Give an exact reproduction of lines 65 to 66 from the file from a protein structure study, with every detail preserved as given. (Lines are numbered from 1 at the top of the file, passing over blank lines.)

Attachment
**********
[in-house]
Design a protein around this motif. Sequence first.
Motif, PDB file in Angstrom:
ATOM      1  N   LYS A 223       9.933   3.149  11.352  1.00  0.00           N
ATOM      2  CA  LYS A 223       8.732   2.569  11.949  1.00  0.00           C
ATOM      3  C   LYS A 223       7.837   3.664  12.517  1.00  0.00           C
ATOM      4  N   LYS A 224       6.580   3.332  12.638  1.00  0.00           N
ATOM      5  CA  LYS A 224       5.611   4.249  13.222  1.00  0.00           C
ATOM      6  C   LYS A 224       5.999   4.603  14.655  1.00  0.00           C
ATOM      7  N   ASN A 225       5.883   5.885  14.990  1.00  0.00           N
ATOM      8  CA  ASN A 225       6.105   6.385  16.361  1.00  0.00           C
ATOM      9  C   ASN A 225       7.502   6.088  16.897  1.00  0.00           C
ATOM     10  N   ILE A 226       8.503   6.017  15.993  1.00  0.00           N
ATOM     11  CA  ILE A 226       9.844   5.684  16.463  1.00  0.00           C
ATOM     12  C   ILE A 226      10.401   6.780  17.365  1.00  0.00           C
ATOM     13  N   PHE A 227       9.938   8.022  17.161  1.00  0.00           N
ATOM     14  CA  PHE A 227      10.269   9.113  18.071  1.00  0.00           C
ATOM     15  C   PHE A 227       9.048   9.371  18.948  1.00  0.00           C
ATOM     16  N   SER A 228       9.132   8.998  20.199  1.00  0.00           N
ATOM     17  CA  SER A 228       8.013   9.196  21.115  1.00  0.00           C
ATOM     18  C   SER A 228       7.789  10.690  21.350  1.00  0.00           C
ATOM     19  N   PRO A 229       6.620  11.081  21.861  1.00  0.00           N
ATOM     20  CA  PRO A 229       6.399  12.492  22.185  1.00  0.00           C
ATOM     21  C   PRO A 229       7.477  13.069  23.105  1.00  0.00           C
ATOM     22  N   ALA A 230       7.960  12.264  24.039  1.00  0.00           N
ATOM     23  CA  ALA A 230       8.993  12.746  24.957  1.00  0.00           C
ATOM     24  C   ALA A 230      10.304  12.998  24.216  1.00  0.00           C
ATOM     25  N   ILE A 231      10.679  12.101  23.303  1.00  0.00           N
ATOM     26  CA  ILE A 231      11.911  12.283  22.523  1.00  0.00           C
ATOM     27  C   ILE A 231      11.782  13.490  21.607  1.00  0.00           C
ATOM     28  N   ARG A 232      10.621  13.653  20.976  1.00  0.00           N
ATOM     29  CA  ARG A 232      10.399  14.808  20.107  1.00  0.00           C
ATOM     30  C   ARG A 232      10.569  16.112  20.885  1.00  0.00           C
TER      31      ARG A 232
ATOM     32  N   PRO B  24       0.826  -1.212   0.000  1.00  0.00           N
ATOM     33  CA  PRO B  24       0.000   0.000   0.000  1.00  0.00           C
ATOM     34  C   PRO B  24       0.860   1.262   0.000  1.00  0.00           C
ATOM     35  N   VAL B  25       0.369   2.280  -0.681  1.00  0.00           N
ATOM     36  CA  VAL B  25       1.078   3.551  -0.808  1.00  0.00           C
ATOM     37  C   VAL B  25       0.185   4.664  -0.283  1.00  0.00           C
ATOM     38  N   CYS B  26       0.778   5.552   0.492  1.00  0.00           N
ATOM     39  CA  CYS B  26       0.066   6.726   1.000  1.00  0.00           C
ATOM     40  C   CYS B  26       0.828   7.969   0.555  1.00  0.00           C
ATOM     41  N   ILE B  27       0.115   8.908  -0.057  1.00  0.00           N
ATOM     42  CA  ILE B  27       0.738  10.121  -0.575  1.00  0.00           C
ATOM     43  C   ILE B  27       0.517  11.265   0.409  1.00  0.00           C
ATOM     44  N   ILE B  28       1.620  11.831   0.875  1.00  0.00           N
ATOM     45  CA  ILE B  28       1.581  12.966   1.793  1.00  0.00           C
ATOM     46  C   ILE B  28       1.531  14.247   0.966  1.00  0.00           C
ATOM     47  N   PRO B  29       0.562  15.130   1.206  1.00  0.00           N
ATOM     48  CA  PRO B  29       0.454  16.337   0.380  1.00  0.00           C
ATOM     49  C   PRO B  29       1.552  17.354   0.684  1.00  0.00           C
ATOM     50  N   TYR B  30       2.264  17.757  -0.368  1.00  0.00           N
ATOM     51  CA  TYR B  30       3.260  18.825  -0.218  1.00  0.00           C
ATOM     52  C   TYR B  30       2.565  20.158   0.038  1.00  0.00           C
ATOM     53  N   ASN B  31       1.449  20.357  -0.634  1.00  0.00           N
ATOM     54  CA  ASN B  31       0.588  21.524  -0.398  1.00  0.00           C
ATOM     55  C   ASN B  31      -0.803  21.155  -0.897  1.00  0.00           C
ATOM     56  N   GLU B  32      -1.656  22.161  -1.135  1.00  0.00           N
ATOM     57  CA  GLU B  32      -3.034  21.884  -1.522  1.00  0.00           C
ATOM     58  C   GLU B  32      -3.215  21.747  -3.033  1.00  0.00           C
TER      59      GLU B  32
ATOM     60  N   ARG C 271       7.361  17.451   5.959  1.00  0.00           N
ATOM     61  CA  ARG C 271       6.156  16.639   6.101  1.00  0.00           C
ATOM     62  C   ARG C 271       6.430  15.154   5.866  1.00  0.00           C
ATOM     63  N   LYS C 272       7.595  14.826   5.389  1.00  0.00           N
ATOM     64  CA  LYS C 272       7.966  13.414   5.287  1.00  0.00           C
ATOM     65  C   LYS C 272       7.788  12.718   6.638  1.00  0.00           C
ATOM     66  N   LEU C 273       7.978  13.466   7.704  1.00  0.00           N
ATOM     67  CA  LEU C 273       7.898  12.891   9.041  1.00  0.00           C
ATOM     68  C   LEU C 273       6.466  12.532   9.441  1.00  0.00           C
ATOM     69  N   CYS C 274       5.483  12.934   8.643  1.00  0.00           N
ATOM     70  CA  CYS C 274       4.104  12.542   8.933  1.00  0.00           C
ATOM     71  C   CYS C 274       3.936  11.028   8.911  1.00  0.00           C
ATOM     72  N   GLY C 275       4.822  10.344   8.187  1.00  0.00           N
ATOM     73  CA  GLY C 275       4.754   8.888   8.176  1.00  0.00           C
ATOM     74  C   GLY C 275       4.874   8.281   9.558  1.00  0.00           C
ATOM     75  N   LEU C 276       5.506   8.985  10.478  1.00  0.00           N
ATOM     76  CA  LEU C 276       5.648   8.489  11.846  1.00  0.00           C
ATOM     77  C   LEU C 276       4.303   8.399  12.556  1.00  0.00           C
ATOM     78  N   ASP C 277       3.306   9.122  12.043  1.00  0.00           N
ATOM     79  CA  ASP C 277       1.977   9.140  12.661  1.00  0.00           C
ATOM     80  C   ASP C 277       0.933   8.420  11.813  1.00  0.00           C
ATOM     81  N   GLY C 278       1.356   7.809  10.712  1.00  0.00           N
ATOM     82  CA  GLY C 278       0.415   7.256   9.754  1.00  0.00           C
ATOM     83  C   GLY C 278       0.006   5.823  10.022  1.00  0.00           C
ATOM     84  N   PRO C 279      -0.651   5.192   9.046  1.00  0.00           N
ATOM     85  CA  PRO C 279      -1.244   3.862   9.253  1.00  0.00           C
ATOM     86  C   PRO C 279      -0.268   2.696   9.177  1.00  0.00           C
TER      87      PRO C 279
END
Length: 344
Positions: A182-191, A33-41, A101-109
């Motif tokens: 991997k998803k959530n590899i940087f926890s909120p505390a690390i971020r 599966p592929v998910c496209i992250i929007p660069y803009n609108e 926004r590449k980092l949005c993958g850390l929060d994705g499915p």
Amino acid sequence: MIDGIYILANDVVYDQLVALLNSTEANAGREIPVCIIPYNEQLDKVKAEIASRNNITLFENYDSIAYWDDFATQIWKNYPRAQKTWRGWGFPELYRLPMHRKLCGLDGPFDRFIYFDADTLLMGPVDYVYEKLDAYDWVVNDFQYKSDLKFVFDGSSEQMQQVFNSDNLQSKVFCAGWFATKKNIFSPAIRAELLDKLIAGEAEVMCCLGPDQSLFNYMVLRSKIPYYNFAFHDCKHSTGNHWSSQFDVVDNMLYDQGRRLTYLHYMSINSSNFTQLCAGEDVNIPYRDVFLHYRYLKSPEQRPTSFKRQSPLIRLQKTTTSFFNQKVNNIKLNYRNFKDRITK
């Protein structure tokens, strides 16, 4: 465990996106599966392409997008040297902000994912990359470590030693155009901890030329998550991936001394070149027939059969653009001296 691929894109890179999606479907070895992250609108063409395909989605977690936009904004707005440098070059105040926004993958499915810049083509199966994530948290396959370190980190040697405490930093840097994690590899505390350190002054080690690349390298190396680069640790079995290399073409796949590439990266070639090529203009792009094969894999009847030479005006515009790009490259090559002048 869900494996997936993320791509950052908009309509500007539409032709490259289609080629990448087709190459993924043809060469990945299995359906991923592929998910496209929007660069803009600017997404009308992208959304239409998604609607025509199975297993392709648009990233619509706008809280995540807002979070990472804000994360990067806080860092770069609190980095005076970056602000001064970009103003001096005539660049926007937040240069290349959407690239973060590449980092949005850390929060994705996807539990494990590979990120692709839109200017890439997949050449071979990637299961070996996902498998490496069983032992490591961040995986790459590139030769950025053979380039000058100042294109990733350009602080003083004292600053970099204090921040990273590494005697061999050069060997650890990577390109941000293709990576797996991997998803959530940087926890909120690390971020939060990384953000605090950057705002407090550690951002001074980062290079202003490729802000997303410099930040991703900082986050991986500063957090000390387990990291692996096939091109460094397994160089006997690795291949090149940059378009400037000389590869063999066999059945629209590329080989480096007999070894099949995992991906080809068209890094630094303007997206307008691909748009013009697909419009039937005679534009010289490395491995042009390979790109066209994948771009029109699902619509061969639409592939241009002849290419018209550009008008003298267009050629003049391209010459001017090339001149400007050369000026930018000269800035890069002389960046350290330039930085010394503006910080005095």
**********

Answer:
ATOM     62  C   ARG C 271       6.430  15.154   5.866  1.00  0.00           C
ATOM     63  N   LYS C 272       7.595  14.826   5.389  1.00  0.00           N